Women tend to be great situational leaders, because they have strong empathy and awareness of what others need, and they can flow easily back and forth from friend to mentor and commander to coach. This is the leadership I try to practice as part of Project Athena. I take time to get to know my team so we can have fun, learn from each other and trust each other to take the lead.

  3. We use effective leadership styles

    In the Kinetic Leadership section of my book “How Winning Works,” I discuss the Harvard Business Review study about situational leadership and several distinct styles that are proven effective for bottom-line results. The great news for women is we tend to excel in the top three leadership styles of the study.

    Women tend to be great affiliative leaders, coaching leaders and democratic leaders.

    ●      Affiliative leaders work to create emotional bonds to bring a sense of bonding and belonging to a team.

    ●      Coaching leaders develop people for the future and help them use their strengths.

    ●      Finally, democratic style leaders build consensus through participation.

     

When it comes to leadership, women have a great advantage due to their natural tendencies to nurture and connect. We know how to inspire, let people lead through their strengths, and adapt to different leadership styles.

3. Working in a successful electrical contracting business is a team sport. How can leaders inspire their teammates to achieve their personal and professional goals?

You don’t inspire your teammates by showing them how amazing you are—you inspire them by showing them how amazing they are.

I’ve always said that the key to winning in the long run isn’t choosing teammates who are necessarily the best at each sport/skill needed for the journey, but choosing the best people for the journey. In other words, when times are tough, you don’t simply want the best team members, but the best teammates. When people are not just at work or on a race course with each other, but for each other, that’s when the magic happens. For us, building a world-class team was all about the 8 Essential Elements of Human Synergy. If everyone operates with these elements in the forefront of their heart and mind, you’re going to succeed!

     

    T - Total Commitment

    E - Empathy and Awareness

    A - Adversity Management Skills

    M - Mutual Respect

    W - We Thinking (versus Me thinking)

    O - Ownership of the Project

    R - Relinquishment of Ego

    K - Kinetic Leadership (Be the leader your team needs in the moment)

4. How can times of great challenges lead to future successes? What is some advice for when waiting for success becomes discouraging?

I think it’s really important to search for and find one’s next “thing” that captures your imagination, your heart, your attention. It doesn’t have to be physical. It can be learning a new language or finally learning to play the piano, or volunteering at the animal shelter. I’m lost without my “next thing,” so I’m always searching the internet and tapping into the universe about what that should be. There’s always something out there that captures us. Find it and make it happen!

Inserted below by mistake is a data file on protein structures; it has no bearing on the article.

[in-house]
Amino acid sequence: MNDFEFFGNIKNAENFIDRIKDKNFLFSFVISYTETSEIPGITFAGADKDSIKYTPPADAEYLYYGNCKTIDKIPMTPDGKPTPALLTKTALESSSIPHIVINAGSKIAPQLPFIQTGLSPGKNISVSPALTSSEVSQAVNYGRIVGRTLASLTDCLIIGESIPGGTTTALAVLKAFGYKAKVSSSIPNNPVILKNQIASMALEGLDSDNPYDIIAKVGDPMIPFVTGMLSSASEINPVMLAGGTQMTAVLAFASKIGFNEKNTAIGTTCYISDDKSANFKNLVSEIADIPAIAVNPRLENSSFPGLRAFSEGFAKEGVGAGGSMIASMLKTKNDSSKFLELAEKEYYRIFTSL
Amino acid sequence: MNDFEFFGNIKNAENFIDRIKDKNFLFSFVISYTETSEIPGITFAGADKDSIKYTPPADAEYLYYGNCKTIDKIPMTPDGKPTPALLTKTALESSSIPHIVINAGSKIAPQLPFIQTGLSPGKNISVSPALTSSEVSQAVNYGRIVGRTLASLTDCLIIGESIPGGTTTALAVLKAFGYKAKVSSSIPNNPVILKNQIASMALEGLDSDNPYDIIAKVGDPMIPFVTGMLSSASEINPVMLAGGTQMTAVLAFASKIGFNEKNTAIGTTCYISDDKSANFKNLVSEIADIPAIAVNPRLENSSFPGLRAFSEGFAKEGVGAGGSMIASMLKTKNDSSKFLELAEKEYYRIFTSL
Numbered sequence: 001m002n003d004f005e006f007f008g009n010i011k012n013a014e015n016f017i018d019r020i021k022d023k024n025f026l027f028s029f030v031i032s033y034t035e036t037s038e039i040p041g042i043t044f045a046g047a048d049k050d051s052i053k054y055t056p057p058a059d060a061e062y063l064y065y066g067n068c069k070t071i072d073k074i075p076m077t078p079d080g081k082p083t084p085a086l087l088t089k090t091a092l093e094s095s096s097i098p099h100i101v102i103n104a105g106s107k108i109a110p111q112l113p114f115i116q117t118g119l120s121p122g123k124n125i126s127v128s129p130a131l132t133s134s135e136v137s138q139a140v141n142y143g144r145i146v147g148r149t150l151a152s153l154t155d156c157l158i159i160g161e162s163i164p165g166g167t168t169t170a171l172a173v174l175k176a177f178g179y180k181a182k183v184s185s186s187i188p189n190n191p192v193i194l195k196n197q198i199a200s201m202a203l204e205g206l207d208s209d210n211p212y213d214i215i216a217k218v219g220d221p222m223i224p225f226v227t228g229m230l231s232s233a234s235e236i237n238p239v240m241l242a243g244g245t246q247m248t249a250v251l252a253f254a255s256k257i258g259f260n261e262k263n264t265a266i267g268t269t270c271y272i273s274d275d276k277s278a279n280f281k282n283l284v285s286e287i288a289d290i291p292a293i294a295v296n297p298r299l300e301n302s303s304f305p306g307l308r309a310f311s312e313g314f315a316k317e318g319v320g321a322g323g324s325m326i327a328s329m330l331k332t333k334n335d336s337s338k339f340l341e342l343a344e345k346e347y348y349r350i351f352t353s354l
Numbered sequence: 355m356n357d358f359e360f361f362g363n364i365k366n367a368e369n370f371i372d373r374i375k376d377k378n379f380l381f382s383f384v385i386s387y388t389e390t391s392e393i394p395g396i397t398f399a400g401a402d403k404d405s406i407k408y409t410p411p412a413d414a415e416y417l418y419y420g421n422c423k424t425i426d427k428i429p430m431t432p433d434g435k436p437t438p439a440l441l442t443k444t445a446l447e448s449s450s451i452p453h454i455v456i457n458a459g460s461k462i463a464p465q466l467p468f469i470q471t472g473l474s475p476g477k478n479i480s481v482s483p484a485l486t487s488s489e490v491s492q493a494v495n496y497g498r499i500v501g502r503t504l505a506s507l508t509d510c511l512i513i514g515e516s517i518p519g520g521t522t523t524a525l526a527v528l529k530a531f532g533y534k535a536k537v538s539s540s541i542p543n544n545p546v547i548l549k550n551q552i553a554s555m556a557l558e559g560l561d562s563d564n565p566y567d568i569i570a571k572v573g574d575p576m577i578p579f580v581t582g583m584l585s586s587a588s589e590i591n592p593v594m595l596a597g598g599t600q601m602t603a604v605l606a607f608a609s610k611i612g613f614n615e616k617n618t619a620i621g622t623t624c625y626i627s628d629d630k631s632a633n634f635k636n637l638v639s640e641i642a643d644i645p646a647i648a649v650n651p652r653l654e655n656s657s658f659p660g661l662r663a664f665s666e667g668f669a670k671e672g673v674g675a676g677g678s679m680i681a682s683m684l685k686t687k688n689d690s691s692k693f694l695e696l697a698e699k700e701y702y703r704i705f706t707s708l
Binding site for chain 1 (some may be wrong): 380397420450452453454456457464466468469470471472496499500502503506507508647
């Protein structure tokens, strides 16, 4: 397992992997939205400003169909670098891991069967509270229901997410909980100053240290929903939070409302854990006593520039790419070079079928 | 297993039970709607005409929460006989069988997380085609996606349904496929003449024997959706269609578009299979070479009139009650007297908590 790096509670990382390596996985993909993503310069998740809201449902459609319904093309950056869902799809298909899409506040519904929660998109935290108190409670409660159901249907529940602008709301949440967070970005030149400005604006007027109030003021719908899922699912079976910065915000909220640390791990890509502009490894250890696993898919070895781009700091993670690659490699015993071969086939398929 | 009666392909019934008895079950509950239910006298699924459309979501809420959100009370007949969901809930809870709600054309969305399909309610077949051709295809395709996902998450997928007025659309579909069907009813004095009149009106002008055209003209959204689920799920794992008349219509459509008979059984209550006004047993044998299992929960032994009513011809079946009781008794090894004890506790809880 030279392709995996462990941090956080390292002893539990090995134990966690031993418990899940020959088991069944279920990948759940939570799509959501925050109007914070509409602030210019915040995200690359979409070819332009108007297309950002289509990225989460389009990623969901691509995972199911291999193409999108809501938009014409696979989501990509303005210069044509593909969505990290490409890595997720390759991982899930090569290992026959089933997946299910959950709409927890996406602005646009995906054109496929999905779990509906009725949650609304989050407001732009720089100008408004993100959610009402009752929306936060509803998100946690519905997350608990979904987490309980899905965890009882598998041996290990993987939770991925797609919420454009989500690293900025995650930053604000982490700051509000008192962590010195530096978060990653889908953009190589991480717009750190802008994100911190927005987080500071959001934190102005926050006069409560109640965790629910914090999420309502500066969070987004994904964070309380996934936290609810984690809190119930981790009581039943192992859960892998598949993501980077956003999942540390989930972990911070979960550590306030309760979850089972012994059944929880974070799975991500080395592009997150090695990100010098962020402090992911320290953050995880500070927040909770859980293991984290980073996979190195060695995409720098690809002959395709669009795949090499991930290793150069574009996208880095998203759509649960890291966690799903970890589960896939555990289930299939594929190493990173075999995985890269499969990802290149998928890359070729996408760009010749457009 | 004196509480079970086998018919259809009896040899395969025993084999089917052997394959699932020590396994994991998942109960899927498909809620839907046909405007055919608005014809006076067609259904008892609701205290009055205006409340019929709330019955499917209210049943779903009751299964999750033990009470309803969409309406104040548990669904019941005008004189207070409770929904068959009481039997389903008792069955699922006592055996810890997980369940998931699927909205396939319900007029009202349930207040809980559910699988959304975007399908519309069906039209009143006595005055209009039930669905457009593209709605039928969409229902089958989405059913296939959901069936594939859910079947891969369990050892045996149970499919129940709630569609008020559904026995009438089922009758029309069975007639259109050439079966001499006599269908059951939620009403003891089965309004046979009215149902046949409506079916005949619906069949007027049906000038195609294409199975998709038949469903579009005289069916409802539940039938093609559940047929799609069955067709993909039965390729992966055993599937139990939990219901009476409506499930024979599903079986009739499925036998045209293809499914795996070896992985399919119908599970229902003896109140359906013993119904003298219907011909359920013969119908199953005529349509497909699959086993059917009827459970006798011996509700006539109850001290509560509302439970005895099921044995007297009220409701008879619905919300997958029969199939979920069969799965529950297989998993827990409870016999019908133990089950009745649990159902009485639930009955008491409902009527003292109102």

5. Change is a constant in life and on the job site. How can ECs best respond to change so they can still be successful?

Change and challenge is really the only thing that’s going to stay the same in our lives. So, it’s how we respond to change and huge, hairy challenges that dictates our long-term success. I help businesses grow and their people succeed by sharing how we as leaders and teammates inspire our team members to want to be great. To want to win against all odds. Leadership isn’t about lighting a fire under someone’s feet, it’s about lighting and then maintaining a fire in their hearts and minds. Inspiration is an inside job. How do we truly and deeply inspire people to keep driving forward during our toughest times? By giving them a higher sense of purpose, which is driven by a commitment to their goals, and derived from the unbreakable bonds to our teammates. We are at our best when our team is counting on us to succeed¾and believing in us 100% that we can. We also inspire our teammates by helping them embrace real ownership of outcomes and results. And last but not least, we inspire others by rewarding them for their drive for continuous improvement, innovation and taking calculated risks that help us find an even better way to the finish line.

About The Author

A woman, Holly Sauer, smiles in front of a gray background.

Holly Sauer

Senior Associate Editor

Holly Sauer has worked for Electrical Contractor magazine since 2019 and is the senior associate editor. She went to Washington & Jefferson College and studied English and art history. At Electrical Contractor magazine, she creates the newsletters and the new and featured products sections. She also edits articles for the three publications and occasionally writes on tools and industry news. She is fueled by the desire to read every book ever written. And coffee. Reach her on LinkedIn or at [email protected].